Danielle Sade, BSc, CAHP, has over 30 years of experience in the field of aromatherapy and skincare; she owns and runs a successful school in Canada and is a past president of the Canadian Federation of Aromatherapy. Not only is she passionate about her subject, she is also very methodical and she has taught many successful courses. Her expertise, scientific approach and experience are reflected in her new book: The Aromatherapy Beauty Guide.
There are good books and there are good books that everybody should have and in case of The Aromatherapy Beauty Guide, the latter is true. This 384-page full color paperback sets out to be the go-to guide for anyone who wants to make his or her own cosmetics with essential oils at home. I believe it fulfills its mission perfectly. It is divided into several sections, building up the knowledge base of the reader step by step. Part One opens with general information about the skin and skincare, touching on both the benefits and risks to be considered when formulating. It ends with a handy list of equipment you will need to get started.
Part Two focuses on raw materials, from clays to gels to extracts, complete with recipes to make up your own infusions. Carrier (vegetable) oils and butters are discussed in more detail, with a full profile listing their fatty acid make-up and handy tips. Part Three is dedicated to essential oils. We are given an overview of what essential oils are and how to approach them, before we dive into individual and very thorough profiles. Three pages are given to each of the 35 essential oils, outlining properties in relation to the skin, major constituents and safety concerns, with a guide for how to use the particular essential oil in various cosmetic products.
Part Four is where the fun starts – we get to formulation! Here again Danielle first explains the basic principles before getting into specifics. Using handy diagrams and photo-illustrated step-by-step tutorials, we are shown how to go about “cooking” different products (lotion, cream, lip balm). We then move onto individual recipes. The order of products follows the recommended skincare routine – cleansers, toners, moisturizers, serums – and then goes onto masks, exfoliants, body and bath products. Two specific sections include products for mothers and pregnant women, and then products for men (although I personally believe the male population can just as well benefit from all the products featured in the “feminine” section). And the book closes with a list of resources and an index.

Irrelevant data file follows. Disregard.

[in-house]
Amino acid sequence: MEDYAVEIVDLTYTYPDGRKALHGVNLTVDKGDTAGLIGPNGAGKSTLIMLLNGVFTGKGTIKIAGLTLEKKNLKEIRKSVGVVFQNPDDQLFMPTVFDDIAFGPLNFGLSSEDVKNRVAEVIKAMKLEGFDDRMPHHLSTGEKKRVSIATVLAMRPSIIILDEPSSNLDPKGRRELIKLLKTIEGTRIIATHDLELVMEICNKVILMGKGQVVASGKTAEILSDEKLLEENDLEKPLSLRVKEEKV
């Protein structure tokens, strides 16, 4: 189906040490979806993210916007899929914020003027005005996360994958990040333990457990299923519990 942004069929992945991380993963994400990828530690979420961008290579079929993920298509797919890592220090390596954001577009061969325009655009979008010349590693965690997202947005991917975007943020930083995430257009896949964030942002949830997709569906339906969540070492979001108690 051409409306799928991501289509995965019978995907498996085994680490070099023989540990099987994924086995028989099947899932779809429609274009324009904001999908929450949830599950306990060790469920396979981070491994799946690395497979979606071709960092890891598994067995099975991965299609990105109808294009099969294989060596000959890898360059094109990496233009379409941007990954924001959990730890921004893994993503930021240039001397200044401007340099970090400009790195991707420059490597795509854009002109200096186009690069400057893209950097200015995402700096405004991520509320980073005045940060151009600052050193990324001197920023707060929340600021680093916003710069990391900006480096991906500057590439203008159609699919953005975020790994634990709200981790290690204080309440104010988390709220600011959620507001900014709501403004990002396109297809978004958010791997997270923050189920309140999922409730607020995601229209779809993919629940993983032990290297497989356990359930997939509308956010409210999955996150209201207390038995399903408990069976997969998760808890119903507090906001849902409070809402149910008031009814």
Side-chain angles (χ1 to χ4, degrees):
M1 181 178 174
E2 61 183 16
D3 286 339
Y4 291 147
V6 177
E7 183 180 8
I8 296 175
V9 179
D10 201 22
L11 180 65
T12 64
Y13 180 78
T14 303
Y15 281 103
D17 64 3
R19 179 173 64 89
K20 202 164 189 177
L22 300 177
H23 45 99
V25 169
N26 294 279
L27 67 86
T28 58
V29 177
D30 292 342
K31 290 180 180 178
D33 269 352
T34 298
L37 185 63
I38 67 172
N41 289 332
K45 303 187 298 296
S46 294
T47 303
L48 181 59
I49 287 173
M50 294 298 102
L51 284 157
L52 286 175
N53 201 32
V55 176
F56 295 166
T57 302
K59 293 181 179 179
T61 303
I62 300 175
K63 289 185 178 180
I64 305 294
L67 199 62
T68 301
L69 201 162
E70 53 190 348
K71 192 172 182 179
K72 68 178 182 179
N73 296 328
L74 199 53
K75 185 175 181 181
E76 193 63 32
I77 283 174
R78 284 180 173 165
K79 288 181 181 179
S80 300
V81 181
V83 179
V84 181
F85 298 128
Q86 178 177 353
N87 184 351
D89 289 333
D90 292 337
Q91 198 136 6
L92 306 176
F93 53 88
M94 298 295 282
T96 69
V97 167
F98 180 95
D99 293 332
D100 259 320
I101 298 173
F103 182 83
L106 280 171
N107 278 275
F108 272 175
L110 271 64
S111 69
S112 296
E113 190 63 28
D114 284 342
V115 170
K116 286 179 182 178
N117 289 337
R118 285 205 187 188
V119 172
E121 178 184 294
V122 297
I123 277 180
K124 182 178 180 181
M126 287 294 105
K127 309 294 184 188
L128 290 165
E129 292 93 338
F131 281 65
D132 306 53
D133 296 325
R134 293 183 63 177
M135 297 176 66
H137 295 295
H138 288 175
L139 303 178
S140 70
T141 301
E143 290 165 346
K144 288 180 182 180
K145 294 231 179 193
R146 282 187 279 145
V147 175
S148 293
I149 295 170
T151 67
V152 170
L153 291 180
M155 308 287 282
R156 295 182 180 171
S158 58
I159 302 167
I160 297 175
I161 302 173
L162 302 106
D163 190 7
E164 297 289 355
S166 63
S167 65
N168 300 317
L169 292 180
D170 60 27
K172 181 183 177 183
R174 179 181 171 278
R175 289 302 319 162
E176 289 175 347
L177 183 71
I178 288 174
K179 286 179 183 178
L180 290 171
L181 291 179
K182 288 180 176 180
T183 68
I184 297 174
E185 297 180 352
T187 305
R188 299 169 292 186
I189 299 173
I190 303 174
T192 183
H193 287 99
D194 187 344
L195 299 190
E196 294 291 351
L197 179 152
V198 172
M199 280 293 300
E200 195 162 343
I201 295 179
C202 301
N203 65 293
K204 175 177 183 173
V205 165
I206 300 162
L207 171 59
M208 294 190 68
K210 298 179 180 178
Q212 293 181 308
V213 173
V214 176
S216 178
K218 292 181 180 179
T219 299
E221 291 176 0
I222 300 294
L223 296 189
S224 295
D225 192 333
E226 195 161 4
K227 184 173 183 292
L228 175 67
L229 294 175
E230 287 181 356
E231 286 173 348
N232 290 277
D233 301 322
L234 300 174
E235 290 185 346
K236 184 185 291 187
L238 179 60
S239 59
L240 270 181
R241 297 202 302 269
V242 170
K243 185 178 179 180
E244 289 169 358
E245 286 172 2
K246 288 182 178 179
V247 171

This is an all-in-one guide for anyone who wants to make cosmetics at home. It is accompanied with full-color illustrations and photos, which make the book appealing as well as really practical, as you can see what your product is supposed to look like. Danielle makes sure that you know everything you need to know before you start experimenting, building up your knowledge base layer by layer. Each material used is described in as much detail as is necessary, and so is every technique applied. The text is easy to follow. It almost seems as if you are in a one-on-one lesson, personally guided by the author herself, as she dispenses useful tips and troubleshooting ideas, making sure you avoid unnecessary mistakes. The formulas are well presented, listing tools needed and ingredients. I especially appreciate the double measures – milliliters as well as cups and spoons. And did I mention it is all science-backed? Overall, this book encompasses all you need to know, with detailed recipes as well as more general guidelines if you feel creative.
One shortfall, in my opinion, is that the book fails to sufficiently emphasize that the products you make are for home use. This guide is a perfect start, however, it does not provide enough information to launch a commercial beauty product line. (There is perhaps a similar difference between making dinner for your family and opening a restaurant.) The biggest challenge would be the use of preservatives, and although Danielle lists the chemicals we can easily do away with, she could also mention those that can be skin-friendly while prolonging the shelf-life of your product. The “domestic” character of the book is also reflected in the measures – while counting essential oils by drop works fine for home cosmetics, commercial production is usually done by weight (as the size of a drop varies significantly by the dropper used and by oil). The effectiveness of using essential oil synergies as preservatives is debatable, and they will also change the odor profile of the finished product. However, these are minor issues and if the book is taken purely as a home beauty guide, they really are insignificant.
This is a comprehensive and beautifully laid out book and it clearly reflects how much work went into creating it. Danielle Sade compiled a magnificent guide, empowering her readers to feel confident in creating truly personal skincare. It is a must-have for anyone thinking about taking their beauty routine into their own hands.
The Aromatherapy Beauty Guide: using the science of carrier and essential oils to create natural personal care products
Written by: Danielle Sade, BSc, CAHP
Page count: 384
List price (US): $24.01